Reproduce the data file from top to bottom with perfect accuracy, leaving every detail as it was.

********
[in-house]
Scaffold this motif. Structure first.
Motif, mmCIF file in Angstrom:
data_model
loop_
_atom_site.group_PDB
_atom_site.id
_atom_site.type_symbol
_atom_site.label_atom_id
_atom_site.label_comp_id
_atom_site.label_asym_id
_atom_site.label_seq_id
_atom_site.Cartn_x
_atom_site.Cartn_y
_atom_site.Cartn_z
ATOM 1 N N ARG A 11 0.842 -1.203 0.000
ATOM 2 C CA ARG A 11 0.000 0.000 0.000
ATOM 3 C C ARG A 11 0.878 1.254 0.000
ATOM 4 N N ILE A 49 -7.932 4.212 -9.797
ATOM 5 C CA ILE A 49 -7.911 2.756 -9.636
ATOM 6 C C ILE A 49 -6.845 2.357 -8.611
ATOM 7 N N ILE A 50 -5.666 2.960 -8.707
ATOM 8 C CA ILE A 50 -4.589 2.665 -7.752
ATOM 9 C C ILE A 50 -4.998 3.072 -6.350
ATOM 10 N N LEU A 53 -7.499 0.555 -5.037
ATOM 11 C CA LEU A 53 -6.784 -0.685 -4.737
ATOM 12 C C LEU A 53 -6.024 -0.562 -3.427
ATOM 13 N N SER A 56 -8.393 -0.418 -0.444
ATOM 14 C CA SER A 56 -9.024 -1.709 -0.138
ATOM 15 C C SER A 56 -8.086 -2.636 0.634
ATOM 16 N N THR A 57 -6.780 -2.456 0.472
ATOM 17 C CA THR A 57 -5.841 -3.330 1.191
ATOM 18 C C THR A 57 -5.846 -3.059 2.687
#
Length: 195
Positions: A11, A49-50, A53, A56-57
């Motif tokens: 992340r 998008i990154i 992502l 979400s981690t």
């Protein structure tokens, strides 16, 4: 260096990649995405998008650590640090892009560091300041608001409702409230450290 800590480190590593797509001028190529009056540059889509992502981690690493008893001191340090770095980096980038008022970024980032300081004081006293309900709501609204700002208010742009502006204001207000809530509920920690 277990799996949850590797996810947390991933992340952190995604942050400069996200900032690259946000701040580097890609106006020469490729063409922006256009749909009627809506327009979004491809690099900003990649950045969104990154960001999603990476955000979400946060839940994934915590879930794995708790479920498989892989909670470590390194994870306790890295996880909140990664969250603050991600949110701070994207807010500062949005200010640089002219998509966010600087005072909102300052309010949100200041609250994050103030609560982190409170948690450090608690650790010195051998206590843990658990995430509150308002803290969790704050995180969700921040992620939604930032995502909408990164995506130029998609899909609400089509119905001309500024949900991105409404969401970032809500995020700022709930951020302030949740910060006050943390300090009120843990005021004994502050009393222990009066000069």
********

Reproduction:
[in-house]
Scaffold this motif. Structure first.
Motif, mmCIF file in Angstrom:
data_model
loop_
_atom_site.group_PDB
_atom_site.id
_atom_site.type_symbol
_atom_site.label_atom_id
_atom_site.label_comp_id
_atom_site.label_asym_id
_atom_site.label_seq_id
_atom_site.Cartn_x
_atom_site.Cartn_y
_atom_site.Cartn_z
ATOM 1 N N ARG A 11 0.842 -1.203 0.000
ATOM 2 C CA ARG A 11 0.000 0.000 0.000
ATOM 3 C C ARG A 11 0.878 1.254 0.000
ATOM 4 N N ILE A 49 -7.932 4.212 -9.797
ATOM 5 C CA ILE A 49 -7.911 2.756 -9.636
ATOM 6 C C ILE A 49 -6.845 2.357 -8.611
ATOM 7 N N ILE A 50 -5.666 2.960 -8.707
ATOM 8 C CA ILE A 50 -4.589 2.665 -7.752
ATOM 9 C C ILE A 50 -4.998 3.072 -6.350
ATOM 10 N N LEU A 53 -7.499 0.555 -5.037
ATOM 11 C CA LEU A 53 -6.784 -0.685 -4.737
ATOM 12 C C LEU A 53 -6.024 -0.562 -3.427
ATOM 13 N N SER A 56 -8.393 -0.418 -0.444
ATOM 14 C CA SER A 56 -9.024 -1.709 -0.138
ATOM 15 C C SER A 56 -8.086 -2.636 0.634
ATOM 16 N N THR A 57 -6.780 -2.456 0.472
ATOM 17 C CA THR A 57 -5.841 -3.330 1.191
ATOM 18 C C THR A 57 -5.846 -3.059 2.687
#
Length: 195
Positions: A11, A49-50, A53, A56-57
């Motif tokens: 992340r 998008i990154i 992502l 979400s981690t």
């Protein structure tokens, strides 16, 4: 260096990649995405998008650590640090892009560091300041608001409702409230450290 800590480190590593797509001028190529009056540059889509992502981690690493008893001191340090770095980096980038008022970024980032300081004081006293309900709501609204700002208010742009502006204001207000809530509920920690 277990799996949850590797996810947390991933992340952190995604942050400069996200900032690259946000701040580097890609106006020469490729063409922006256009749909009627809506327009979004491809690099900003990649950045969104990154960001999603990476955000979400946060839940994934915590879930794995708790479920498989892989909670470590390194994870306790890295996880909140990664969250603050991600949110701070994207807010500062949005200010640089002219998509966010600087005072909102300052309010949100200041609250994050103030609560982190409170948690450090608690650790010195051998206590843990658990995430509150308002803290969790704050995180969700921040992620939604930032995502909408990164995506130029998609899909609400089509119905001309500024949900991105409404969401970032809500995020700022709930951020302030949740910060006050943390300090009120843990005021004994502050009393222990009066000069």